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My favorite computer theory to create examples

sierisimo profile image Sinuhe Jaime Valencia ・3 min read

In university I learned a lot of different stuff but one of my favorite topics in the "Computer Theory" class was URM (Unlimited Register Machine).

The theory

URM serves to demonstrate some concepts about computers and the computability of some operations. I won't go very deep into details of the history or theory, but it's similar to the theory of the Turin machine, which states that given a set of ordered instructions (called algorithm) and an infinite tape, the machine is capable of run that algorithm and give a result for valid inputs.

The registers

The registers in URM work much alike to an infinite sequential number of cells enumerated by position. You can only input numbers in the registers. The preconditions or information about this registers depends mostly on the author, but most agree that if the register hasn't been touched; it does not contain data. Other authors prefer to just go and say every register contains a zero before being touched by the machine.

The operations

To obtain a result of a computable algorithm (or demonstrate it's not computable) URM provides us with 3 basic operations. Some books or authors mention a fourth operation, but the fourth operations I have seen on paper are achievable with just the 3 basics ones (names or letters may vary depending on the author):

  • Z(position) Zero operation. Replaces whatever is in the register at position with a 0
  • I(position) Increment operation. Adds 1 to whatever is on the register at position. If we are strict… if nothing is at the register it cannot add 1 to it (so you need to invoke Z(position) first).
  • J(positionX, positionY, instruction) Jump operation. Compares the value of register at positionX and positionY, when the value is the same continues the execution at instruction. Is valid to send a instruction out of range, this will indicate the immediate end of the execution

The Instructions

This also varies from author to author, but the idea is the same: You have an ordered and identified list of calls for operations on registers representing your algorithm. Once the list ends, URM will stop.

Using a generic notation (there is not a formal or standard one), the list will look like:

1:  Z(5)
2:  I(5)
3:  Z(2)
4:  J(2, 5, 7)
5:  I(5)
6:  I(2)
7:  J(2, 2, 6)

The preconditions

It is also possible to provide preconditions to the machine to indicate a set of previously filled data, or how the algorithm works using variables (all lowercase):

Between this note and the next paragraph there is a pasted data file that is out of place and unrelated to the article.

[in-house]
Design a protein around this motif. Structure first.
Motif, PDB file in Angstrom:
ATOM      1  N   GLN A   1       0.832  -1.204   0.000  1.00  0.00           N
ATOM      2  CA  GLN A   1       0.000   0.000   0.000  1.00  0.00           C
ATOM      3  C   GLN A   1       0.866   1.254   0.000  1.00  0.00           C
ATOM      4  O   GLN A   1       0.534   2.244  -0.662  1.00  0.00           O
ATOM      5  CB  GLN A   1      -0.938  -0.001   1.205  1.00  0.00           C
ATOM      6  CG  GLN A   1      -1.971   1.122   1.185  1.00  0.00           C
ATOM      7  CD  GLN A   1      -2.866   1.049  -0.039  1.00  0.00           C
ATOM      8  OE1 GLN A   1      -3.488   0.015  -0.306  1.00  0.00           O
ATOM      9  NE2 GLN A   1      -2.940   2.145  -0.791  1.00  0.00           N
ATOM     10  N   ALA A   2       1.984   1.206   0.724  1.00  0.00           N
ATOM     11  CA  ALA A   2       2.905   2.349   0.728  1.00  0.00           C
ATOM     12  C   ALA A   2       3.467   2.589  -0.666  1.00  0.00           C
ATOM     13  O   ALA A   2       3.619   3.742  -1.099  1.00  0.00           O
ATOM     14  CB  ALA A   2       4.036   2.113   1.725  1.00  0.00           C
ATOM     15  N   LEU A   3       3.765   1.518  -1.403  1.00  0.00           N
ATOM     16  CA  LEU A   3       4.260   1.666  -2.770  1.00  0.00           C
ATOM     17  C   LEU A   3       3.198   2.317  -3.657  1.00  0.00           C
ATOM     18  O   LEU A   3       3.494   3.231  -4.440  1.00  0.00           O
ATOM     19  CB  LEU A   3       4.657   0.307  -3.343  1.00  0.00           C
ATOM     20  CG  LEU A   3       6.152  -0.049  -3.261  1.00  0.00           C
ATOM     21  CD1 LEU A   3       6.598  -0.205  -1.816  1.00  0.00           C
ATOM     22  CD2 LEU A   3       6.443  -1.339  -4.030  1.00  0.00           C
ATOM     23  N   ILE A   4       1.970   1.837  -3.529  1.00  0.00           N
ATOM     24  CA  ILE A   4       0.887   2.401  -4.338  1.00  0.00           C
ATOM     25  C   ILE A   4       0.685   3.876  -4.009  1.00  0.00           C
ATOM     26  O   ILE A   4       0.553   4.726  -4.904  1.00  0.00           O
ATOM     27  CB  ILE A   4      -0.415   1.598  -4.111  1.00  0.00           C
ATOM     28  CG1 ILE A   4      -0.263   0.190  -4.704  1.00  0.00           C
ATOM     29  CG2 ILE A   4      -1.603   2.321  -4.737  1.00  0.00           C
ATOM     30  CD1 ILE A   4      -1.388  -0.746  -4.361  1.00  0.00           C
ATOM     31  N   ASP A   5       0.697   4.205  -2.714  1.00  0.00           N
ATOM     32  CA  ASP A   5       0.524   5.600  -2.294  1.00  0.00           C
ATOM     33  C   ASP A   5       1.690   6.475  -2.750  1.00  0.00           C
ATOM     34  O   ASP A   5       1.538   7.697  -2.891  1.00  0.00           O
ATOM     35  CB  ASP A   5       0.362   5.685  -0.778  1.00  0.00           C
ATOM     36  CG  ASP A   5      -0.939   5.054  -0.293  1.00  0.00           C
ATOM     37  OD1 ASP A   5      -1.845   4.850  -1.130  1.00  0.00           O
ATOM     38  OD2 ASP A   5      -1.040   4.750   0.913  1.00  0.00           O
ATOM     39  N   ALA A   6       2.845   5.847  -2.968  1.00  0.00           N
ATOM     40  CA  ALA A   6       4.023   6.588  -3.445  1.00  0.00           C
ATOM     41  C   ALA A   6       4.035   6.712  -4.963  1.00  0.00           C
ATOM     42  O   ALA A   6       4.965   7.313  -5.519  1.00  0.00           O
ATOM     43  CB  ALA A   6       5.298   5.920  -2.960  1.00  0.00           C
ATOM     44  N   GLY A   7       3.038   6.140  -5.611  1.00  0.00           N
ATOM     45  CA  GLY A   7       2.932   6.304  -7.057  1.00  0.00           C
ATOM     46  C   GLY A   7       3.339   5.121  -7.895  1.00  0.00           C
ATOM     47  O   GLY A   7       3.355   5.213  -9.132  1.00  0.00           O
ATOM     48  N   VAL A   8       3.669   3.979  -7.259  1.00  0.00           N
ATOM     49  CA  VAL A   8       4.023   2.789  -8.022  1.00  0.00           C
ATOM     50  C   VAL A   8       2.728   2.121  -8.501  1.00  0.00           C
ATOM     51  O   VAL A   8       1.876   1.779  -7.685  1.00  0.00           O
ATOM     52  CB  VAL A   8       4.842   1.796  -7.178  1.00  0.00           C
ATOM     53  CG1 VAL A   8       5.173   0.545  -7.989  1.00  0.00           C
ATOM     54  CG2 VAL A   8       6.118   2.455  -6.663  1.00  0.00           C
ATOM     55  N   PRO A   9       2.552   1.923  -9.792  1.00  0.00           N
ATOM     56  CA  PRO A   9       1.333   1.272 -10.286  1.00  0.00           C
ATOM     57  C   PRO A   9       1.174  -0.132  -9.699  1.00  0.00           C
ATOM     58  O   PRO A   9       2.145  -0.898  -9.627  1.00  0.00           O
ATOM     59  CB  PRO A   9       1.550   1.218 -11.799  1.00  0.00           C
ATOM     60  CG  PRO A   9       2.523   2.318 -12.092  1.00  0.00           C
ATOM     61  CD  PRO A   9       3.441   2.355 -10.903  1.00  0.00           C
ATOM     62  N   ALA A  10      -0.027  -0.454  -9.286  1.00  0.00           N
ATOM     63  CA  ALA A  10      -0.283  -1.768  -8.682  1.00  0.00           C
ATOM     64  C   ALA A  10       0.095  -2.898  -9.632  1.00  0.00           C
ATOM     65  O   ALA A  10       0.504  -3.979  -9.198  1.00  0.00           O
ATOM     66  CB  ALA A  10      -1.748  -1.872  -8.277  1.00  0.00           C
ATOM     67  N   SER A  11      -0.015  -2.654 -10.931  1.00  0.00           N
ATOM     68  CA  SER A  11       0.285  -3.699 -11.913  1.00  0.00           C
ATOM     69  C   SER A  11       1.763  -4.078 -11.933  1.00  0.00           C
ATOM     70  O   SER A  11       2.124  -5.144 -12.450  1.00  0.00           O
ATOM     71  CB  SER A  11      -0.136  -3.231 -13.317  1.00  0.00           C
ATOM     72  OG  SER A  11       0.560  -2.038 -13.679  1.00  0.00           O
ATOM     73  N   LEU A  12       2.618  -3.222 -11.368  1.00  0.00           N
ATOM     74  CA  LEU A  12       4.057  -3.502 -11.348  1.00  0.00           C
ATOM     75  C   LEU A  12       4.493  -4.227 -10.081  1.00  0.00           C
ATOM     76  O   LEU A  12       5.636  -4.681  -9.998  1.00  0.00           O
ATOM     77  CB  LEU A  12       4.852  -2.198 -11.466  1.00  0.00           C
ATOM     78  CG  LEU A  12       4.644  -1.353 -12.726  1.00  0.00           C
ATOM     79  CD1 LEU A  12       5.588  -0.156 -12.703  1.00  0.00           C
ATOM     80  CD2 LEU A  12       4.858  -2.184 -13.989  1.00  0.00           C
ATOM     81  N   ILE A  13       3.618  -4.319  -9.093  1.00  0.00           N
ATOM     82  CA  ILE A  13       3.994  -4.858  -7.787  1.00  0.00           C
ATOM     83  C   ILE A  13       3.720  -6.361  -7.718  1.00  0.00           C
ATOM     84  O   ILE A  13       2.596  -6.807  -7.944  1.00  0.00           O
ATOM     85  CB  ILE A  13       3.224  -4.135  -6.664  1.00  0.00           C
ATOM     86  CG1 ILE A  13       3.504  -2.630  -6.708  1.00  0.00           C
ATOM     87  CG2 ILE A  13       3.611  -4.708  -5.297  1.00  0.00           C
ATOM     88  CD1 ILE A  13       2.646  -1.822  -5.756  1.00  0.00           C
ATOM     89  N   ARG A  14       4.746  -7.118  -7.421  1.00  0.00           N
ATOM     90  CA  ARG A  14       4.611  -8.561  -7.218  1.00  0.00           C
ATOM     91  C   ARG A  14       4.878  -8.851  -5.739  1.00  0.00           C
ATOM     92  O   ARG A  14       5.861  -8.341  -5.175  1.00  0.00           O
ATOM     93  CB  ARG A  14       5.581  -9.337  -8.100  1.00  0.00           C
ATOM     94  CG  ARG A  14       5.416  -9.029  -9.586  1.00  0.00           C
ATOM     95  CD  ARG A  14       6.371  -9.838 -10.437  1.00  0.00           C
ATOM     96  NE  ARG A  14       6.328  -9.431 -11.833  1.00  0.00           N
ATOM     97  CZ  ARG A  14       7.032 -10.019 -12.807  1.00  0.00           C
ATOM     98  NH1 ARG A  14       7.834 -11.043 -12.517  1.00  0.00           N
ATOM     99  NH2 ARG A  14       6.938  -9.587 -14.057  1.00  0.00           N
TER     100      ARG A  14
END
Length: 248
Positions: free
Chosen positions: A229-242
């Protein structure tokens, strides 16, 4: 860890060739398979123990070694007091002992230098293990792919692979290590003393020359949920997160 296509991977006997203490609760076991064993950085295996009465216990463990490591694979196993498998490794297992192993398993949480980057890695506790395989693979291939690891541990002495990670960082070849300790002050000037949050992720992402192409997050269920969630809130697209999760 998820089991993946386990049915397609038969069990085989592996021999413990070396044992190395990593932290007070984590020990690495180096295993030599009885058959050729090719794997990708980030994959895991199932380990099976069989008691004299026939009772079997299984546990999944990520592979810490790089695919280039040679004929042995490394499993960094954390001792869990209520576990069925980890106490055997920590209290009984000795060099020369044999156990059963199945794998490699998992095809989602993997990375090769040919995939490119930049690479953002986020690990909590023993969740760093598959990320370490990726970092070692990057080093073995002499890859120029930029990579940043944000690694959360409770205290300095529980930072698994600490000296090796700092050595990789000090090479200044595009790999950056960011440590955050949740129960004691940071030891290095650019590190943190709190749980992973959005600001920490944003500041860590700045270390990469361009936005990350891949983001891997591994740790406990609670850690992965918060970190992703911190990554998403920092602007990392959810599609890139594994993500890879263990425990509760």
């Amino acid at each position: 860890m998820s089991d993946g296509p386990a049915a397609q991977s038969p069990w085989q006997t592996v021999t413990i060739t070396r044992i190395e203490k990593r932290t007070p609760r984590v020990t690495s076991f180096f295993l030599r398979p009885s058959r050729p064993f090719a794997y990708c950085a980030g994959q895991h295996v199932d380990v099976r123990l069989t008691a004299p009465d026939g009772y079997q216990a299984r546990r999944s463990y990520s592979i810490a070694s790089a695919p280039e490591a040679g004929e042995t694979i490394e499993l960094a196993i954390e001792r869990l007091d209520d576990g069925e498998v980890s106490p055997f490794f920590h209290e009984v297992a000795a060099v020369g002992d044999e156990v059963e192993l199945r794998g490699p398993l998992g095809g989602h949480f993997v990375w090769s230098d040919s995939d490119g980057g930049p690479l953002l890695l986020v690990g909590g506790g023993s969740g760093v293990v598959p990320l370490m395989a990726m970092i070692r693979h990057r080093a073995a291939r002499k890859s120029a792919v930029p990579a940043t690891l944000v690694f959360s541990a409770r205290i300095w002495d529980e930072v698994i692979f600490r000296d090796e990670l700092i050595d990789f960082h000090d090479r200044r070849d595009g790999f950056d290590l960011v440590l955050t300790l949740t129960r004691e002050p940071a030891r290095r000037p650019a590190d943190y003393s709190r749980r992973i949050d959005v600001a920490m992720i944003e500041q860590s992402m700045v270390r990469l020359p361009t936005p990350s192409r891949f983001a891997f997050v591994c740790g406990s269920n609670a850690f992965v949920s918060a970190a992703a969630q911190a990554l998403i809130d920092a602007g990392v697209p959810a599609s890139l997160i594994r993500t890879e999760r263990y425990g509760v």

X: [2,,,3]

Will indicate that the registers at position 0 and 3 started with a value. URM will proceed to read the instructions with this assumption and give a result.

or

X: [x,y]

Will indicate the existence of unknown numbers with names x and y . This will later execute with real values, the concept of variable does not exist in URM. There's also a chance to provide preconditions for the x and y like:

X: [x,y] -> x < y

This depends totally on the author and implementation. In most cases you state that on paper (or in some doc for your implementation).

The result

There's no formal indication on where the result will be. I created a small set of instructions to copy the result to the register at position 0. In that way you can check for a specific result in that position. Copying to different positions can get complicated but you can simply state that every set of functions works on different URMs (multiple machines). Some say this is cheating, but it helps if you want to reuse ideas. Remember this works in theory.

Example: Copy function

A set of instructions with the precondition of having a single number at register 1 and copying the value to the register 0

X: [,y]

1: J(0, 1, 6)
2: Z(0)
3: J(0, 1, 6)
4: I(0)
5: J(0, 0, 3)

You can then use this to invoke as a new operations (you will end up writing something similar but with different register position).

I wrote a small implementation of URM in JavaScript a few years back if you're interested in give it a check. It's code from when I was at university but still works (it has almost no dependencies).

This is something I wanted to share (and something I'll use for later examples) and I hope gives you the same amount of fun it gave to me. It's fun to code this as an exercise. I recommend you to give it a try (I know I will in Kotlin).

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Sinuhe Jaime Valencia

@sierisimo

Reading code for fun, writing code for food. I don't like watermelon :(

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